- Where Is the Church?
- Web Exclusive: Movies, the Family and the Catechism
- Web Exclusive: We Believe in the Resurrection of the Body
- Web Exclusive: Somewhere in the Background: Christ
- Web Exclusive: Pay Attention
- Web Exclusive: Life under Fire
- Web Exclusive: Rejoicing in Persecution
- Web Exclusive: Earth to Earth
[box type=”note” border=”full” icon=”none”]
[icon name=”check-square-o” class=””] Get the full version today!
Print and digital subscriptions are available through Concordia Publishing House. [icon name=”caret-right” class=””] Subscribe Now
From the editor
If America is a melting pot of ethnicities, she’s just as much a melting pot of religions and belief systems. Sometimes it can be hard to keep them all straight. What’s the difference between Mormons and Jehovah’s Witnesses? What do Episcopalians believe that Presbyterians don’t? Is the god of Islam the same as the God of Christianity?
While we couldn’t include every religion or denomination in the following pages of this issue, we’ve hand-picked some of the ones we’ve received questions about in the past, hoping that these will be of help to you in the future. We touch on the history and beliefs of each denomination or religion and compare them to our understanding of the faith as LCMS Lutherans. From Buddhism to Hinduism, Pietism to Gnosticism, we discuss what our confession of faith points toward (Christ and His gifts of life and salvation) and what others point away from.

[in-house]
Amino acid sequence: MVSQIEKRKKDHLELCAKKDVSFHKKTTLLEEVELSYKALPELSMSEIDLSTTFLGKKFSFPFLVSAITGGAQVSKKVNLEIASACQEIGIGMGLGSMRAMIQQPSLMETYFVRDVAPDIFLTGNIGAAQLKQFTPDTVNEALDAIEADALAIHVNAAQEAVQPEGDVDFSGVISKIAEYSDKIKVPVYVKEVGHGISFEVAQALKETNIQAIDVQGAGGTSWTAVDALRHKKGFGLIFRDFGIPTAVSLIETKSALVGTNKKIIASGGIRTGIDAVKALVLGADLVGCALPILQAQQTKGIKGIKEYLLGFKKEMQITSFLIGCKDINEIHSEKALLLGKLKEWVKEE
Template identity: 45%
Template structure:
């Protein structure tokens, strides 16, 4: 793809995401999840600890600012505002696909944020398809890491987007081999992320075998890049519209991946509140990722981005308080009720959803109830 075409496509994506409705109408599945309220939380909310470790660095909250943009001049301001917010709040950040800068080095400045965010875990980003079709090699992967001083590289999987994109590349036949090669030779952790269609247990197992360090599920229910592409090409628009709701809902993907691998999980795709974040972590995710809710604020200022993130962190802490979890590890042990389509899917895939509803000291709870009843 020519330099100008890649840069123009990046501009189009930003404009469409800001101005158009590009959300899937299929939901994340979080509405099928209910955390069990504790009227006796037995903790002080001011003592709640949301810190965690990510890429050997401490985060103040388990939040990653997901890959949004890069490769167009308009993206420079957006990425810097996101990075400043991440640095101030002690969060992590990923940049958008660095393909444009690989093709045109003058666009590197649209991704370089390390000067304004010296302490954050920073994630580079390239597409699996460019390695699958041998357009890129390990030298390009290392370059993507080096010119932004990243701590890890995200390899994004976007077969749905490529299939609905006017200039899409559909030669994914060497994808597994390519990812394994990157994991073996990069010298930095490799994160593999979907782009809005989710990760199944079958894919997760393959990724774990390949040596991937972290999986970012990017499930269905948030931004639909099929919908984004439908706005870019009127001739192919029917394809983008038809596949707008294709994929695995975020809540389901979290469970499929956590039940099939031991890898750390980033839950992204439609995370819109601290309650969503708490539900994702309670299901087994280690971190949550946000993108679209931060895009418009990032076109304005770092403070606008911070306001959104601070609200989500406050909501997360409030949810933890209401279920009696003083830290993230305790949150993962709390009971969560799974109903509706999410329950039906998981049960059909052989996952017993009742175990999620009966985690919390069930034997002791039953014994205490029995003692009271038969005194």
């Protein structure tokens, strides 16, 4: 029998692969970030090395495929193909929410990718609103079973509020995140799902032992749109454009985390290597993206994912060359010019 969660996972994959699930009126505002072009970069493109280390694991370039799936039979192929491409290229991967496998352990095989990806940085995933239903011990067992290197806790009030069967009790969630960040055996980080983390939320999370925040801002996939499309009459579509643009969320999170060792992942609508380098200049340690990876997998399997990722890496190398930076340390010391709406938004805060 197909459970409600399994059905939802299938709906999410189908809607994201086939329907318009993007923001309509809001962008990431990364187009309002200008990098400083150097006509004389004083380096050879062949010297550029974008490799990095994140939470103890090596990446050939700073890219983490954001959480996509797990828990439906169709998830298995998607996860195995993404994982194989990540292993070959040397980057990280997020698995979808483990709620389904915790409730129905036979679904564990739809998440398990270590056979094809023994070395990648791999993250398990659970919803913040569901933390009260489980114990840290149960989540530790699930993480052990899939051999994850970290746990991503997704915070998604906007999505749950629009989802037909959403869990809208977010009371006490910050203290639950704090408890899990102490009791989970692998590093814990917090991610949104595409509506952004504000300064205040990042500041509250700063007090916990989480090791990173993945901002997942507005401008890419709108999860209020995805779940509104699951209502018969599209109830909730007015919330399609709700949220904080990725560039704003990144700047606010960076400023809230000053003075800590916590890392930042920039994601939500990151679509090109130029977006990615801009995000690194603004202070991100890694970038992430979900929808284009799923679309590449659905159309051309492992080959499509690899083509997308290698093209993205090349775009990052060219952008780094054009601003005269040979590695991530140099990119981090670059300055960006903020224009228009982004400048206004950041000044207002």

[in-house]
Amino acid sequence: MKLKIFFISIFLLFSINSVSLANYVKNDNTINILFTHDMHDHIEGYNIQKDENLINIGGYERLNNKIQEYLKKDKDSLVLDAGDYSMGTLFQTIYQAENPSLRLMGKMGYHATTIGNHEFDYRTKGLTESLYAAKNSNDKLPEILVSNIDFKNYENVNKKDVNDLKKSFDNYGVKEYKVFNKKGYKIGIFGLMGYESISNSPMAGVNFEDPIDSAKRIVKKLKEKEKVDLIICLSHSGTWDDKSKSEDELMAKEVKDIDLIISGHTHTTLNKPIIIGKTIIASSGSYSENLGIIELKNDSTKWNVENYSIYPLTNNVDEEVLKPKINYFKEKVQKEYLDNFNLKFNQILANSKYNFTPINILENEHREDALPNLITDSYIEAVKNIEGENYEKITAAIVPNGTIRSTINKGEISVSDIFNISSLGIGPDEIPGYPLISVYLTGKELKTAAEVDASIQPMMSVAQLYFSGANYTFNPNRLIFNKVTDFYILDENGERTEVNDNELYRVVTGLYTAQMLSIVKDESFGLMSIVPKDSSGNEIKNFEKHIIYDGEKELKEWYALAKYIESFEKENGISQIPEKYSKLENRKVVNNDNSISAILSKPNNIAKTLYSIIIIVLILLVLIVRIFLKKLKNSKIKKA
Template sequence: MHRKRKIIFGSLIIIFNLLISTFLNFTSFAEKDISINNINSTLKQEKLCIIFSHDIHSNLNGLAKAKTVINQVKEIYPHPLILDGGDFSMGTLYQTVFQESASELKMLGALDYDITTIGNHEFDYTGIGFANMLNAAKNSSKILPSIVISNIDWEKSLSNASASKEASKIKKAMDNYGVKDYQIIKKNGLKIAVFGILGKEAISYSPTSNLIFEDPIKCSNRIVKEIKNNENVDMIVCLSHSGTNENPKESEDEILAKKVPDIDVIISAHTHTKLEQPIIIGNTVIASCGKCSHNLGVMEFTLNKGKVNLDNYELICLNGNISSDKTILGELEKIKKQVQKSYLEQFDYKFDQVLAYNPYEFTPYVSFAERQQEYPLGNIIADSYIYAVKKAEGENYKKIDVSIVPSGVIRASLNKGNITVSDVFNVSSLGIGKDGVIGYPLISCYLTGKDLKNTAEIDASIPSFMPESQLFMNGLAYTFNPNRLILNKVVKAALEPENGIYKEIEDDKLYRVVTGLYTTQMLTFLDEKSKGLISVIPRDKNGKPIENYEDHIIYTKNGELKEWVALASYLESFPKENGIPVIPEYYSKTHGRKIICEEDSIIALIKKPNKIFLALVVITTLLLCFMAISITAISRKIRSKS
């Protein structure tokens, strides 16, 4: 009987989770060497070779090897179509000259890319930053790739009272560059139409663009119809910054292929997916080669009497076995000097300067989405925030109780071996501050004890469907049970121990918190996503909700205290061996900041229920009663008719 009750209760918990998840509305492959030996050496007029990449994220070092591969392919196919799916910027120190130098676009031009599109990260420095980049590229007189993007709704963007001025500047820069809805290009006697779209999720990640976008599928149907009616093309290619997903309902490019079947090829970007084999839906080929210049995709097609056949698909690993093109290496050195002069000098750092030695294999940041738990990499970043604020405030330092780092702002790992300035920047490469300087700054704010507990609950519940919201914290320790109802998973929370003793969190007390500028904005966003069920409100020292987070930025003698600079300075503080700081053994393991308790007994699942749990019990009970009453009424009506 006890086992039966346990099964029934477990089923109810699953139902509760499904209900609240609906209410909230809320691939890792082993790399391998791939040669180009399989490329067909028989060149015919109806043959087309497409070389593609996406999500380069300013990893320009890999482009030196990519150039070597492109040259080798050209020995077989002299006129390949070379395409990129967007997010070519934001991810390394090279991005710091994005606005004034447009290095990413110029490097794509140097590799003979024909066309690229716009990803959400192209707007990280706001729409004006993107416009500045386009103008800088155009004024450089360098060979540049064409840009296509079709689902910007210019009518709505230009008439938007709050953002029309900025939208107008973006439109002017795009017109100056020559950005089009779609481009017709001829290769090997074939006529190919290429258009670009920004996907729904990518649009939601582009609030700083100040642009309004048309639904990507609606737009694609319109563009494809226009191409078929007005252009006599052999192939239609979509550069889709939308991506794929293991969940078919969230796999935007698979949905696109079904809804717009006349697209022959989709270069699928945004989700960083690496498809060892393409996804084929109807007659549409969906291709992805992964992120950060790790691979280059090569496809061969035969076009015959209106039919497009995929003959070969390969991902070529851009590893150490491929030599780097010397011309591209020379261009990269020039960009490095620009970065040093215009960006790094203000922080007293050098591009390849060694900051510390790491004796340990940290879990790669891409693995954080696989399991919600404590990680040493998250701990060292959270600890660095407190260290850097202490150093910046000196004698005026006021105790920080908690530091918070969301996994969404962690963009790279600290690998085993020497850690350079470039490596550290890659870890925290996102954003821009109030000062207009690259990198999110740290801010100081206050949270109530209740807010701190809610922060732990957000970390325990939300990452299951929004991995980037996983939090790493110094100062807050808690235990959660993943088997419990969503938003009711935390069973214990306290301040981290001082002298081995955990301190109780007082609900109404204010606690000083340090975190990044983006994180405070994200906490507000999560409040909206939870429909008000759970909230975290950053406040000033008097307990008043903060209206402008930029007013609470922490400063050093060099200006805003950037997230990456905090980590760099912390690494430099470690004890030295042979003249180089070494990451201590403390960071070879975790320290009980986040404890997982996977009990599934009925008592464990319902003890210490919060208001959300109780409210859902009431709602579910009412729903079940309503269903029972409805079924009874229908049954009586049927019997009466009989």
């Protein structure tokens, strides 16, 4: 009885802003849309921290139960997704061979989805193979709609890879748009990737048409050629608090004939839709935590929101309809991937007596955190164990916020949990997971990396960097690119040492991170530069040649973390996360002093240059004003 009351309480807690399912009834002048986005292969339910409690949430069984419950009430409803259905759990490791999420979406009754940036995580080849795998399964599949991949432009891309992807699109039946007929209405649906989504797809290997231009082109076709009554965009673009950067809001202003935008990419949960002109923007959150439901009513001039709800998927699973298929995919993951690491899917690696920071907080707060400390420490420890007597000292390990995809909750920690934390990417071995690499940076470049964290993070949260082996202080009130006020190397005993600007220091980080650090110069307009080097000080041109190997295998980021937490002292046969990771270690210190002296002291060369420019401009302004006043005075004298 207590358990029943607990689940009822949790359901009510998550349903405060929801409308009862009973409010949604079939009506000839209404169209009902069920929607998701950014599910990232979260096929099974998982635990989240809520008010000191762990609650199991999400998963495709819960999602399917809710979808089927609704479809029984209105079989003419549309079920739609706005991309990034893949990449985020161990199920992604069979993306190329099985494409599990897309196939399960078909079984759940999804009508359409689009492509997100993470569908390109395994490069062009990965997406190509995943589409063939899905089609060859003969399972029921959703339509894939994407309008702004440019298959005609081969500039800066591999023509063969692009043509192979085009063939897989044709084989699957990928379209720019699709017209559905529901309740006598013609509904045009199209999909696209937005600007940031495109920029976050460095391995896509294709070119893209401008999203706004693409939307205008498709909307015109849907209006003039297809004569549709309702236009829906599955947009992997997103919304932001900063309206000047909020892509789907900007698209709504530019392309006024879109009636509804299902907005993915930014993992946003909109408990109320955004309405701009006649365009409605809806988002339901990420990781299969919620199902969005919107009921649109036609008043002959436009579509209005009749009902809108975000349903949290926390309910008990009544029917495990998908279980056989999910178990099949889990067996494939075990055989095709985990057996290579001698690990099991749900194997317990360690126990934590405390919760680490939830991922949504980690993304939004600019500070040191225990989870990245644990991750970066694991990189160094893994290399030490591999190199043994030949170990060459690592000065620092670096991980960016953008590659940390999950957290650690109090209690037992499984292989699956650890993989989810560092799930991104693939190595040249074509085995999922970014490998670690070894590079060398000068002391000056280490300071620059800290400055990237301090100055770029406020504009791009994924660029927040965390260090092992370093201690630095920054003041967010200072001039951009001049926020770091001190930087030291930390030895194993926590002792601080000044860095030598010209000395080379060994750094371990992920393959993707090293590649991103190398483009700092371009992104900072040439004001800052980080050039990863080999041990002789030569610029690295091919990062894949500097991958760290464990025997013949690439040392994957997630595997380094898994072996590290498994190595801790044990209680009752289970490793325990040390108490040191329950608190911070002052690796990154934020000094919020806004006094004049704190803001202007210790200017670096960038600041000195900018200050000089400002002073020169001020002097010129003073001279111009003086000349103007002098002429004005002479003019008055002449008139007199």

We’re trusting this issue of the magazine will be a handy reference for you, one that you’ll keep on your bookshelf or coffee table, so that when a question pops up — “Should I go to that Bible study at the Methodist church?” “My sister is dating a Buddhist. What does that mean?” — you’ll have a place to start the conversation, good questions to ask your pastor and, in the end, lots of information in speaking to these issues as an informed Lutheran.
Looking at these differences can be difficult. “It is clear that there are serious differences about what the baptized believe, teach and confess within various denominational fellowships,” the Rev. Steve Kieser writes. “This lack of unity in the Gospel is a cause of great mourning for us.”
And yet we rejoice that, as Pastor Kieser reminds us, “God is gracious. He alone preserves His Church.” And in that, we have great joy!
Adriane Heins, Managing Editor
The Lutheran Witness